The Tallis Scholars, St Paul's Cathedral | Classical music reviews, news & interviews
The Tallis Scholars, St Paul's Cathedral
A captivating start to the choir's 40th birthday tour
In November 1973 a 20-year-old music scholar from St. John’s College, Oxford conducted the first ever concert by the newly founded Tallis Scholars, in St. Mary Magdalen, Oxford. Anyone who was there might have sensed that a new era was beginning. David Munrow was still alive: the period instrument revolution was just taking off. But Peter Phillips seemed to be inaugurating a new generation of Renaissance and Polyphonic singing - an expertise on show this week at a sensational recital in St Paul’s Cathedral - such as this country had not heard before.
Except that, modestly, he would insist it had a forerunner. Once he arrived amid the dreaming spires, Phillips made a regular pilgrimage down to Magdalen College chapel: partly, to see the legendary Bernard Rose conducting the college’s all-male choir. Byrd, Tallis, Weelkes, even the fiendishly difficult Tomkins Great Service were all on the menu.
Phillips took Tallis's Spem in Alium, to my mind, unwarrantably slowly
But above all Phillips went to hear the Clerkes of Oxenforde, founded by David Wulstan, whose girls sang like boys and who could turn the treble and mien – or second soprano - lines into fabulous traceries of sound that the sublime Magdalen acoustic transformed into the ethereal. It was a life-changing experience.
That same young undergraduate is now a Chevalier de l’Ordre des Arts et des Lettres, in recognition of his services to French culture. The Tallis Scholars’ new five-star recording of Jean Mouton, nominated for a BBC Music Magazine Award, is one of countless triumphs of four decades of recording on their own label.
Phillips has now embarked, in a reverberant St Paul’s, on a landmark 40th-anniversary programme. What an acoustic. The effect on the choir’s singing, as Malcolm Archer, John Scott and now Andrew Carwood have long proved, is quite sensational. Take, for example, perhaps the most staggering of the pieces Phillips offered to a packed and aghast cathedral audience: a short and almost never heard Miserere by Tallis.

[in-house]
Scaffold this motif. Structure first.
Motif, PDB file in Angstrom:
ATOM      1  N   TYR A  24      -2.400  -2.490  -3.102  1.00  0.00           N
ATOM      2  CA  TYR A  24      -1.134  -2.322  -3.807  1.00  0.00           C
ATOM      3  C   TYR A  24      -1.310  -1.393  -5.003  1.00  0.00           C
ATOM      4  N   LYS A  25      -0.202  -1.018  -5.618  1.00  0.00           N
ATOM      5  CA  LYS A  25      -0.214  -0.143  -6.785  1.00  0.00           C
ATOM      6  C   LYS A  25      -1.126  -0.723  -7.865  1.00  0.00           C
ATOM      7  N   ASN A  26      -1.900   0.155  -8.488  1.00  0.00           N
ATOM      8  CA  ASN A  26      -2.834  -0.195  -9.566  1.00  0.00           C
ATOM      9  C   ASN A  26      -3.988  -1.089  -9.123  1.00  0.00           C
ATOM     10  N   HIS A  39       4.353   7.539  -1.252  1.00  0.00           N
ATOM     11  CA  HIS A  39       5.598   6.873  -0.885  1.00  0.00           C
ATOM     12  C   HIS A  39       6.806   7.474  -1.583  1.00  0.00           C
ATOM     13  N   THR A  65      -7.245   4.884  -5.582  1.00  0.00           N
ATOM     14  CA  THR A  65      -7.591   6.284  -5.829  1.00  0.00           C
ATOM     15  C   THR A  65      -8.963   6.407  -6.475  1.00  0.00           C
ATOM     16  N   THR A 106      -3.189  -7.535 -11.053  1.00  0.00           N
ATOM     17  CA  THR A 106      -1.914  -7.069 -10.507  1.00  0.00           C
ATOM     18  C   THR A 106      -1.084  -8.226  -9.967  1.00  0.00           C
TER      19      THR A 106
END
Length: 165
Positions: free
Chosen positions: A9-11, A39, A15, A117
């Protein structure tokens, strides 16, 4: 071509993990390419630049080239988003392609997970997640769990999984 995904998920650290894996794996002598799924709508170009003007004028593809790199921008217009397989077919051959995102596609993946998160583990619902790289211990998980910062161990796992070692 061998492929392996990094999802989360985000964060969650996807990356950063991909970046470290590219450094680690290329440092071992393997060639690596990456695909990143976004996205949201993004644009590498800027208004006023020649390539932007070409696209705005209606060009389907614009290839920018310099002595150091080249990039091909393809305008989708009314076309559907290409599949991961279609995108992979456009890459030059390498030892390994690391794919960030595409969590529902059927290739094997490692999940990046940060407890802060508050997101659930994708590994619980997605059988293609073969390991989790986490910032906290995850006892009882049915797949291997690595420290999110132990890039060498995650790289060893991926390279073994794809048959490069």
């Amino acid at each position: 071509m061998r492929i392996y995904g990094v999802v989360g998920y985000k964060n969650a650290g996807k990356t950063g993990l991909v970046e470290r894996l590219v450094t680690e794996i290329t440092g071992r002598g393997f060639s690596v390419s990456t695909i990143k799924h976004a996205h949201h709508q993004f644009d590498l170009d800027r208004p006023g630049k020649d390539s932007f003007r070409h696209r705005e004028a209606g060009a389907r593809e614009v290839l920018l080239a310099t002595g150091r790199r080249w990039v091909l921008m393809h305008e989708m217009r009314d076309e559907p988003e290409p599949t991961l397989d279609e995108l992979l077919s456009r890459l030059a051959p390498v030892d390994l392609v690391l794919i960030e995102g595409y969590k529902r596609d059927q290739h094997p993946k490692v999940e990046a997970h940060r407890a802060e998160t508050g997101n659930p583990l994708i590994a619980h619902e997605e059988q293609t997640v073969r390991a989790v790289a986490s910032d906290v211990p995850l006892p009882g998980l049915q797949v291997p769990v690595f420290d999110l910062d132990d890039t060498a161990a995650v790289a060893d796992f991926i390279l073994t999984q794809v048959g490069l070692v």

The wonderful way the choir shaped these unbroken legato lines (as later in Byrd’s Tribue, Domine) produced music one would gladly hear at one’s graveside. The pacing, growth and fall, alternation of full harmony and monody, and strangely tolling, rising scalic passages in this Miserere were out of this world.
Not all was perfect. The choir took a time to get into its stride – the opening Tallis (Loquebantur variis linguis) exhibited little of give and, let alone of the variety that text surely cries out for. Words, in that other wonderful Miserere, Allegri’s, were often inaudible even when you followed the Latin, though the soprano was delicious (in the descending as well as ascending sequence); and the tenor solo quite fabulous. Phillips’ beat, with an odd caress of the left hand thrown in, looks almost as beautifully irrelevant as George Guest’s swirlings used to look.
But somehow it didn’t matter. The choir mostly grasped what he meant, or at least, the meticulously rehearsed machinery worked by some wonderful osmosis or autopilot.
Listening to Arvo Pärt’s breathtakingly beautiful, at times susurrating Nunc Dimittis, one realised that Phillips has not stood still. Once almost too purified, so that, while wildly beautiful, it could sound (oxymoronically) like crystalline succulence, the Tallis Scholars’ sound – with a partly new team of singers – has modified. It has less prissiness, perhaps more body or fibre, yet the pianissimi are just as mesmerising.
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